SPECIAL ASSIGNMENT | Kentuckiana family prepares to cope with cost of bridge tolls
As WDRB's special series on bridge tolls continues, we're looking at how the cost to cross the river will impact a family on a budget.
LOUISVILLE, Ky. (WDRB) -- Fifty years of talk will become reality in a matter of weeks with the completion of the Ohio River Bridges Project.
As WDRB's special series on bridge tolls continues, we're looking at how the cost to cross the river impacts a family on a budget.
Demond and Christa Thompson are consumed by the joy of a new baby. Their heads are filled with lists like baby food, wipes, clothes and shoes and as Demond Thompson jokes, "That magical butt cream."
"We'll be due somewhere between Nov. 16 and the 1st of December," Christa Thompson said.
But Baby Joel is not the only new cost the Jeffersonville couple is expecting. The other is far less welcome.
"I'll have to literally pay to go to work now," Demond said. "It's a little frustrating because of the nature of my job. If I don't work, I don't get paid. So now I have to make that much more."
Demond estimates that it will cost between $40 and $80 more a month to cross the river. The amount will depend on whether he meets the rigid requirement of a frequent driver discount from RiverLink.
"That's a huge chunk of budget," Christa Thompson said. "And that's something we will have to have, so it's like what do we have to back up on or give up."
The couple already has a daughter, 3 1/2-year-old Georgia. As Demond starts paying to go to work, Christa's income goes away because her part-time job as a nanny doesn't cover maternity leave.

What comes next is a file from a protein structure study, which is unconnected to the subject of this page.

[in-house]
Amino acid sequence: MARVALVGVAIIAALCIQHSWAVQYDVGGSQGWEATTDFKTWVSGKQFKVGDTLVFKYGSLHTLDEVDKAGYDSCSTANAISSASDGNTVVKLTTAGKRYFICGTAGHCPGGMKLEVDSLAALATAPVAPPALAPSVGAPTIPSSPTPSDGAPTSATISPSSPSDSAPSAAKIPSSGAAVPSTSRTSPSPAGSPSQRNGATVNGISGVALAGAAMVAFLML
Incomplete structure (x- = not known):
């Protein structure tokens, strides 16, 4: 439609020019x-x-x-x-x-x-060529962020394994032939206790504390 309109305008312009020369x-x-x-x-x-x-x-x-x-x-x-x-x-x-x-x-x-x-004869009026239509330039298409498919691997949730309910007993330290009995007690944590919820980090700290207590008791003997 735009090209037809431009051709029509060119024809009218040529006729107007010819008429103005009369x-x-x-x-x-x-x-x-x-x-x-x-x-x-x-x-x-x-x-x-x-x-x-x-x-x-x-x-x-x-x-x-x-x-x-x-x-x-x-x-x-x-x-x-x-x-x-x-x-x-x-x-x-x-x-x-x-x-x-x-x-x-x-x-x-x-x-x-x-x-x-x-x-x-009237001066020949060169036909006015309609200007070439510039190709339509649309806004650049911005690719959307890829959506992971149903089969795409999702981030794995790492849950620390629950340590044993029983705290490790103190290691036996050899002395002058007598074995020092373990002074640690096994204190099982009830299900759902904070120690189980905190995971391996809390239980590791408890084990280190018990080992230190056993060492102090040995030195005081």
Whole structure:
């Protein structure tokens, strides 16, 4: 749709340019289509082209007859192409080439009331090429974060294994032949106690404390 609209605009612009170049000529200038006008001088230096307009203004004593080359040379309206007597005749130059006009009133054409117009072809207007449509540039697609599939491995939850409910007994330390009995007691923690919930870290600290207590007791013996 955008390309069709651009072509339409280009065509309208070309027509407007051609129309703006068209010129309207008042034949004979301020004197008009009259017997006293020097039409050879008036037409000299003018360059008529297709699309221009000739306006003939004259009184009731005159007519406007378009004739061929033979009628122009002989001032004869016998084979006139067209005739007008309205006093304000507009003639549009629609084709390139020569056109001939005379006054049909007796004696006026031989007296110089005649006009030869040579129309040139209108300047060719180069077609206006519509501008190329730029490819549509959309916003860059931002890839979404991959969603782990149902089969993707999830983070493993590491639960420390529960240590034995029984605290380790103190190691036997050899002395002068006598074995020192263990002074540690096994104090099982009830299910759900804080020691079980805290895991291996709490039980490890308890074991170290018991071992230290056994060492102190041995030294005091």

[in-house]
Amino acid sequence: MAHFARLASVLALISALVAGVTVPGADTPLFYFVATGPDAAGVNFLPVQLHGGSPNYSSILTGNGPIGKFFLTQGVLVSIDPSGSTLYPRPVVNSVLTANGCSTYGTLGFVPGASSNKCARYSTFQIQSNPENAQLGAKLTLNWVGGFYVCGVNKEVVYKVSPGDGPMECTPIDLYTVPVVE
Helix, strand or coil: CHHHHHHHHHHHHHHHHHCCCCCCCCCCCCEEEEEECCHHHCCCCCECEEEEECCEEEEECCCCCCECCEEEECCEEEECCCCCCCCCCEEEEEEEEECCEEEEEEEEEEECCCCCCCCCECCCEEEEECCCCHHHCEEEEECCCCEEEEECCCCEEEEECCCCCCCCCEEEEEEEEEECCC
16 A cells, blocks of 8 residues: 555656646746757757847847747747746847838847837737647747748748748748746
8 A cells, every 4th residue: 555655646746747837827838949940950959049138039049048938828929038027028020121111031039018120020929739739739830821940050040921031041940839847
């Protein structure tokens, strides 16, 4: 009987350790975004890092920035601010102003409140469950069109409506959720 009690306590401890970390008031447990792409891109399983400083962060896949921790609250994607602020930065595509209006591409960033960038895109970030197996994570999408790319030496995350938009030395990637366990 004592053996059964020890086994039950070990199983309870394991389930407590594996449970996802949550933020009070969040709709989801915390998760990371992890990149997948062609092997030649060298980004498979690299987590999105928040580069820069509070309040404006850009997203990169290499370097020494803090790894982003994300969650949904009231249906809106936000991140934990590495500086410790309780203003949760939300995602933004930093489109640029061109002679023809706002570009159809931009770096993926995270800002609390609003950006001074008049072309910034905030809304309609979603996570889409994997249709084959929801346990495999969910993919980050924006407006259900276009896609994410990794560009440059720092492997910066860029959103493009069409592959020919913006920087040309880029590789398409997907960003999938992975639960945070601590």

"This isn't Chicago, so it's a little odd for me to think about paying tolls," Demond said. "That's for bigger cities."
"It's like saying, 'You know what, we're going to charge you for oxygen. You know, oxygen is getting tight right now. We're going to charge you for oxygen,'" Demond Thompson said, "That's what it feels like."
Demond's drive to work is about ten miles one way, and it forces the Thomspons to weigh options.
The family lives about two miles from the new East End Crossing. It will nearly cut his drive to work in half. It means no more backtracking through Jeffersonville or fighting through Spaghetti Junction. But if the licensed massage therapist takes this route, he will have to bring in three or four more clients a month to make up the toll difference.
"That's a pain," he said.
The Thompson family decided to put a transponder in only one of their cars, and if money runs tight, use the Second Street Bridge to avoid the tolls.
The same tough decisions are likely for hundreds of homes throughout Kentuckiana. It's why one lawmaker wants to offer Hoosiers a tax break.
State Senator Ron Grooms said, "I have asked that two bills be drafted that would provide an income tax deduction or credit for those that use the bridges that will be tolled," said State Senator Ron Grooms, a Republican who represents Jeffersonville and southern Indiana.
The fear is paying to cross the river forces families on budget to question simple things. Can they afford to run an errand? Can they afford to meet a friend?
"I'm going with a purpose. Like, if I'm going, and I'm paying to go, I'm going to do everything I need to do in the area in a day," Christa Thompson said.
Baby Joel arrived early. In fact, he arrived over the course of this story. With 10 fingers and 10 toes, he's a healthy five pounds.
Demond went back to work days after the delivery. Christa is scaling back her maternity leave to only one month, cutting short time time off work with her new addition to prepare for the additional expense.
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